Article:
Cryptosporidiosis is a common cause of scours in calves

The cold, snowy spring this year made for an especially challenging calving season.

Many producers experienced sick calves and substantial loses.

One of the culprits during this tough spring was a parasite called Cryptosporidium. Cryptosporidiosis is a common cause of diarrhea in young calves. This nasty parasite attaches to and damages the intestinal lining, causing abnormal absorption and high volume, watery diarrhea.

Neonatal calves become infected within the first few days after birth. Feces containing eggs are a major source of infection, but calves may also spread the parasite through direct contact. Since the eggs survive well in the environment, calves can also pick up infections from water, feed and soil. In addition to calves, crypto affects other young animals including piglets, lambs, kid goats, foals and fawns (farmed deer).

Diarrhea caused by crypto usually manifests in calves between five and 15 days of age. Older cattle and those that were previously infected with crypto are usually resistant to reinfection.

Although an unpleasant affair, the diarrhea caused by crypto parasites is often self-limiting and leads to short-term illness and weight loss that last about one week. Stressors such as inadequate milk consumption, cold weather and wind may also play an important role in determining how severe the infection will be and how long it will last.

Calves with crypto do not typically experience severe diarrhea, dehydration or profound weakness. This is an important feature that distinguishes it from other pathogens, which tend to cause more severe illness. Calves with diarrhea could be affected by more than one infectious agent at time, leading to synergistic and additive effects.

The diagnosis is confirmed by laboratory testing that identifies the presence of the parasite in the feces. Treatment is often limited to supportive care: keeping calves warm, hydrated and fed. Scouring calves should be isolated from the rest of the herd whenever possible to limit the spread. And since it is a parasite rather than a bacterium, antibiotics will not help this infection.

Crypto is challenging to control because of its hearty environmental resistance and the lack of vaccines. An important approach to control is to ensure every calf consumes adequate colostrum. This first milk contains essential immune system components that help fight infections like crypto. It is also important to maintain calf-pen hygiene. Millions of parasite eggs are present in just one gram of feces, so during outbreaks, it can become widespread in pens and pastures. The eggs survive well in the environment, especially under cool, moist conditions that often occur in spring. Extreme temperatures, both freezing and heat, are effective at killing the eggs outside the animal. Keeping pens clean and dry is helpful to controlling this disease. Any equipment used to feed calves, such as tubes and bottles, should also be carefully cleaned and disinfected.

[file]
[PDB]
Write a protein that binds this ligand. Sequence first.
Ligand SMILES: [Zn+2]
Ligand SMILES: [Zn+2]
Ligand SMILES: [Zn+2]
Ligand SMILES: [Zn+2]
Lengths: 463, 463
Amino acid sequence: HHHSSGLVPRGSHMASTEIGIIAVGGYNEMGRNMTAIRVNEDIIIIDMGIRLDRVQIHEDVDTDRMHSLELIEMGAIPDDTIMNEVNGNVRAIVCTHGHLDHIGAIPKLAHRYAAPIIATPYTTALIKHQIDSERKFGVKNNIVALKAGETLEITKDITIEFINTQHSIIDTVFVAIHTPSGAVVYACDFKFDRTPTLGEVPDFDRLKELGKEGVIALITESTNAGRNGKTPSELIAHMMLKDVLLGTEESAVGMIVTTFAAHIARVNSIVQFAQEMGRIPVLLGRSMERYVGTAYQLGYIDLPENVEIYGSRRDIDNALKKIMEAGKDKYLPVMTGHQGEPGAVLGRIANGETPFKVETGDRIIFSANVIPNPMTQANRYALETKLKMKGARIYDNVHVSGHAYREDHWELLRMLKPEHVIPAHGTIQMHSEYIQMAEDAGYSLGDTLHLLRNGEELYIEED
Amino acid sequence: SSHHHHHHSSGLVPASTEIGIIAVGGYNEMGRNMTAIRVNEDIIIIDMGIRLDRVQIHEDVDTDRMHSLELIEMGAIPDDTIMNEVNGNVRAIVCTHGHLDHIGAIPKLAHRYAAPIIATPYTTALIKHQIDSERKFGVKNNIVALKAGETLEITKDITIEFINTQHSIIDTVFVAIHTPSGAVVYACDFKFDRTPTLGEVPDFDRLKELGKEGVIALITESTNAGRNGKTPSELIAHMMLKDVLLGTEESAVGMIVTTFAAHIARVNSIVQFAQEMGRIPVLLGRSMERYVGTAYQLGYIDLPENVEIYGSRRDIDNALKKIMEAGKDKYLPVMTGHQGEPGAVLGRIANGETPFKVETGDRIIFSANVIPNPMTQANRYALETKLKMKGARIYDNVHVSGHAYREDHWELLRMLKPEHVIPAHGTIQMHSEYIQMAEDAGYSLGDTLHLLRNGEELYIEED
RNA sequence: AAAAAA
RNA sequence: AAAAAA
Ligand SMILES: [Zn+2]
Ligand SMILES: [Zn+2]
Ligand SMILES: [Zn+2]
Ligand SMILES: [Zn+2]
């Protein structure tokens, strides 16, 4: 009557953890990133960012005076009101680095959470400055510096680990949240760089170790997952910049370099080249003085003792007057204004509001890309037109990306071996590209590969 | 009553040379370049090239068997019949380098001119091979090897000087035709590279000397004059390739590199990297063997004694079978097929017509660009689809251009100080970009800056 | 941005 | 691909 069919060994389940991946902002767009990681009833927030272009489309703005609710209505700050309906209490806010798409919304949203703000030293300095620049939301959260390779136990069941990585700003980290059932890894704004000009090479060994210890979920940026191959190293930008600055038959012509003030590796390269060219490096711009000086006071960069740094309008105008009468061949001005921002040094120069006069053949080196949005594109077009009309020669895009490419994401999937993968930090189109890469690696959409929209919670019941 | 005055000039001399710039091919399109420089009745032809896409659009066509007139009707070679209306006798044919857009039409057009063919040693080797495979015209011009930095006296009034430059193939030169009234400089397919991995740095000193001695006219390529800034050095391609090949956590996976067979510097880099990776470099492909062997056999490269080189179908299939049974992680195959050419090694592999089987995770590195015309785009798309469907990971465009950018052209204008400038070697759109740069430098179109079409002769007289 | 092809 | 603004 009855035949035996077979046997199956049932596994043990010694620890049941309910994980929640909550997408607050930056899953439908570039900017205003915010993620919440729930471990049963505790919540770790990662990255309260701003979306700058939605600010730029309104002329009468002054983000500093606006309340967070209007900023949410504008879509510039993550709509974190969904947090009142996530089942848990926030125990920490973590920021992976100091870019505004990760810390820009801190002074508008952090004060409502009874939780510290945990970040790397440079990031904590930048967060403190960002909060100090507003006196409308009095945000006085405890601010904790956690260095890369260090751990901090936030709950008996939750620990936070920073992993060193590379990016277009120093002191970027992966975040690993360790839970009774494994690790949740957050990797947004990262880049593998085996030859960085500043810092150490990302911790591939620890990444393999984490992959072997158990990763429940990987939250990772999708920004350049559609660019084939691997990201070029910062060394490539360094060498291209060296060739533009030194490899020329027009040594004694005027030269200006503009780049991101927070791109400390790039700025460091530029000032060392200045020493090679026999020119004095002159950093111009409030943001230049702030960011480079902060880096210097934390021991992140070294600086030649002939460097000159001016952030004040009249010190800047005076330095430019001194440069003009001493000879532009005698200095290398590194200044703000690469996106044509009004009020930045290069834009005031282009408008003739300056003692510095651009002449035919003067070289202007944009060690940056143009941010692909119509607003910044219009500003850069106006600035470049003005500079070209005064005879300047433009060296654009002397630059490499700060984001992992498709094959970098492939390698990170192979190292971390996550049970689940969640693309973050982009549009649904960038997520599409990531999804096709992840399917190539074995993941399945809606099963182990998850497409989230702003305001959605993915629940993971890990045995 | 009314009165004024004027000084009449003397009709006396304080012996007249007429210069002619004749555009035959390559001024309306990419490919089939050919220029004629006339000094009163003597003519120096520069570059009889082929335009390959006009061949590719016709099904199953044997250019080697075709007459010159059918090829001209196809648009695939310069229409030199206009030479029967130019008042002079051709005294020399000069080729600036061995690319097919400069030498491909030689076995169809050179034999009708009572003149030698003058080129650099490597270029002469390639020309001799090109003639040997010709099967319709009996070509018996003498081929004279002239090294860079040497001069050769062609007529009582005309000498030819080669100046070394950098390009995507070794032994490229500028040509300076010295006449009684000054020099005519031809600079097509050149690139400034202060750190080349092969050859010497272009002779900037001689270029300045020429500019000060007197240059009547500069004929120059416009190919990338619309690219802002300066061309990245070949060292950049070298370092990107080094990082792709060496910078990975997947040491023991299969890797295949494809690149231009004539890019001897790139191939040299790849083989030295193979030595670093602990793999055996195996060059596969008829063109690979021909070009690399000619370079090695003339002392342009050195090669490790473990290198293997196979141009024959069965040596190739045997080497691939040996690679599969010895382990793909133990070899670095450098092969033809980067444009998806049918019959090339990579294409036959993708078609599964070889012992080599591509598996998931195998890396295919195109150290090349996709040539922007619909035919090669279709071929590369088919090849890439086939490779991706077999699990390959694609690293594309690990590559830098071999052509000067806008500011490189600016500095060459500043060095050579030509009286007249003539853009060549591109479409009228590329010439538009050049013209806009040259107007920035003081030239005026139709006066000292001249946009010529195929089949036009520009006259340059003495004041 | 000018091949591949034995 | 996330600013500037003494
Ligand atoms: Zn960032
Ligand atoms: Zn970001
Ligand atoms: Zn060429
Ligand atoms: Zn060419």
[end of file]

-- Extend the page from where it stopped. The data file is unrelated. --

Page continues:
As with many of the infectious agents that cause scours in calves, crypto is a zoonotic pathogen, meaning it can be transmitted from animals to people. People treating scouring calves should take precautions to avoid infecting themselves. This includes wearing protective clothing such as coveralls and gloves, washing hands and carefully avoiding cross-contamination. Children, the elderly and individuals with poorly functioning immune systems, such as those on immunosuppressive medications, are susceptible to infection so they should not have contact with sick calves. Outbreaks in people are also associated with fecal contamination in water sources, as was the case in the 2001 North Battleford, Sask., outbreak that affected thousands of people.

In addition to crypto, other causes of calf scours include viruses, Salmonella and E. coli bacteria, so it is important to determine the cause to direct treatment and control measures.

Dr. Jamie Rothenburger is a veterinarian who practices pathology and is an assistant professor at the University of Calgary’s Faculty of Veterinary Medicine.
Twitter: @JRothenburger

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